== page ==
If you only have a few small gaps in your paving and you don’t think you need to remove the entire pointing from the joints, use a stiff brush to remove loose debris from the crack or gap. Then fill the gap with dry pointing mix.

Be sure to use the correct pointing mix for your patio slabs or the gaps will simply reappear again.

Cost to repoint patio

Much like with brick walls, the mortar is removed from the space between the slabs. The space is cleaned and then it’s refilled with the mortar mix of your choice; whether that’s a dry mix, resin, or polymeric mortar.

As a general rule of thumb, repointing a patio costs around £10 – £20 per m2. For more information about how much this sort of project could set you back, read our repointing cost guide.

For an accurate cost, get quotes from at least three professionals. Post your job and we’ll find recommended local patio experts to get in touch with you.

How to repoint a patio with a dry mix

What is the best mix for pointing a patio?

The best pointing for your patio entirely depends on your type of slabs and how much you want to spend. If you’re unsure, seek the advice of an experienced landscaper.

A dry mix of sand and cement is the common and most cost-effective choice. You can opt for the more expensive but durable ready-mixed compound that just needs water mixed in.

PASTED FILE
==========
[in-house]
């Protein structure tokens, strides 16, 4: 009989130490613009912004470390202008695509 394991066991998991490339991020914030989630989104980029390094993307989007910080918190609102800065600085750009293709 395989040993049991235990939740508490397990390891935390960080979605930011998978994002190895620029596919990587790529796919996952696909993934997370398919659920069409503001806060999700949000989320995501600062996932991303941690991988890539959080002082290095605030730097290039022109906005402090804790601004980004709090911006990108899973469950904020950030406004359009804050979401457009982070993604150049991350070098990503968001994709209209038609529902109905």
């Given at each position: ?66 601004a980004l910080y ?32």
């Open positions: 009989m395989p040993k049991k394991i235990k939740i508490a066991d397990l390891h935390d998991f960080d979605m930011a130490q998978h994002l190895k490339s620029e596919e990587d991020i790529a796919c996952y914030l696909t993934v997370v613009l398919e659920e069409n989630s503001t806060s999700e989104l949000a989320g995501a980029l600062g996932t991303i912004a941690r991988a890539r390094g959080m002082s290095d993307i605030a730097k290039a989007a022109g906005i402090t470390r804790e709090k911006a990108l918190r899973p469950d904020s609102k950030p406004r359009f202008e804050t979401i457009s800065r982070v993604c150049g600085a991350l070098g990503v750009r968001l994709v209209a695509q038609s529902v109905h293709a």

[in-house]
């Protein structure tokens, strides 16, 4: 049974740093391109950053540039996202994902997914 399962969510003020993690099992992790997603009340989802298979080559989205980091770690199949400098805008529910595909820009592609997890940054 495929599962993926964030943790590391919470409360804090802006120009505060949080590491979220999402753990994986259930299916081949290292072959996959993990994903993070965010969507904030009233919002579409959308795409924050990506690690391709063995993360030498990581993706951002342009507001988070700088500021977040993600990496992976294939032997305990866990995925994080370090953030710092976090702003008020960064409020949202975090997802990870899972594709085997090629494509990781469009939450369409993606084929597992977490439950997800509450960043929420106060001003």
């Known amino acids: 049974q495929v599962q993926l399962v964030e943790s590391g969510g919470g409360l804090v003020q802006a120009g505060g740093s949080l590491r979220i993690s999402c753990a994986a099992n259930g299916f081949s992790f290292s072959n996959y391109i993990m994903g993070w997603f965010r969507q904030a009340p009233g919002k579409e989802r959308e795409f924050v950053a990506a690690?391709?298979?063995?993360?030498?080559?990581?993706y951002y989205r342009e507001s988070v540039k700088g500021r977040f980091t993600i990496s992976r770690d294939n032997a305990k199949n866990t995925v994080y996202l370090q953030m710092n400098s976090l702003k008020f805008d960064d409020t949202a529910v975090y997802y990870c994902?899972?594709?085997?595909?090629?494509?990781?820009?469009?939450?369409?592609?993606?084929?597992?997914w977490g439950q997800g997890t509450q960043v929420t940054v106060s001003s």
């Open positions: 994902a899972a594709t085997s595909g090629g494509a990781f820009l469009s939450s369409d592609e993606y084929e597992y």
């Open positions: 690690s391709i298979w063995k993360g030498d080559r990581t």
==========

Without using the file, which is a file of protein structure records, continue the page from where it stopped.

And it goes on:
Cautionary tip: Cement will stain your patio slabs if left on the surface. If you do get some on the face of the slabs, wash it off immediately.

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How to repoint stone paving

How to regrout a flagstone patio

Flagstones and other natural stone paving slabs give a patio an elegant, classic finish and should be finished using a similarly traditional technique. Portland cement mixture is a traditional mortar mixture consisting of limestone and clay.

The steps to regrout a flagstone patio:

Step one

Mix 3 parts sand to one part Portland cement. Slowly add water until your mortar mixture reaches a pasty consistency, similar to peanut butter.

Step two

If you want a super neat and tidy finish, and to avoid the cement touching the surface of the precious flagstones, use a grout bag for the application. Fill the grout bag with the Portland cement mixture and insert the nozzle into the gaps between the flagstones, squeezing and gently filling the joints for a smooth effect.

FAQs

Can I use sharp sand for pointing slabs?

It is possible to use coarser or sharp sand between the joints as dry grouting, but this can result in a rough-looking finish and won’t be as long-lasting as a dry mix or resin compound.

How long should patio pointing last?

If laid correctly, your patio and pointing should last an average of ten years. Before this time it’s unlikely to need any major repairs. If you’ve had your patio slabs less than ten years and they’re already showing significant damage, it’s probably best to get a professional opinion on what’s going wrong.

Why is my patio pointing cracking?

It could be many things. It could be that the pointing isn’t pushed down far enough, or that your slabs are loose and therefore causing the pointing to move and crack. It could also be that the slabs have been laid dry onto a sand base, which allows water and frost to penetrate, expanding under the slabs and cracking the pointing.

It would be worth reaching out to a patio expert and see what they have to say.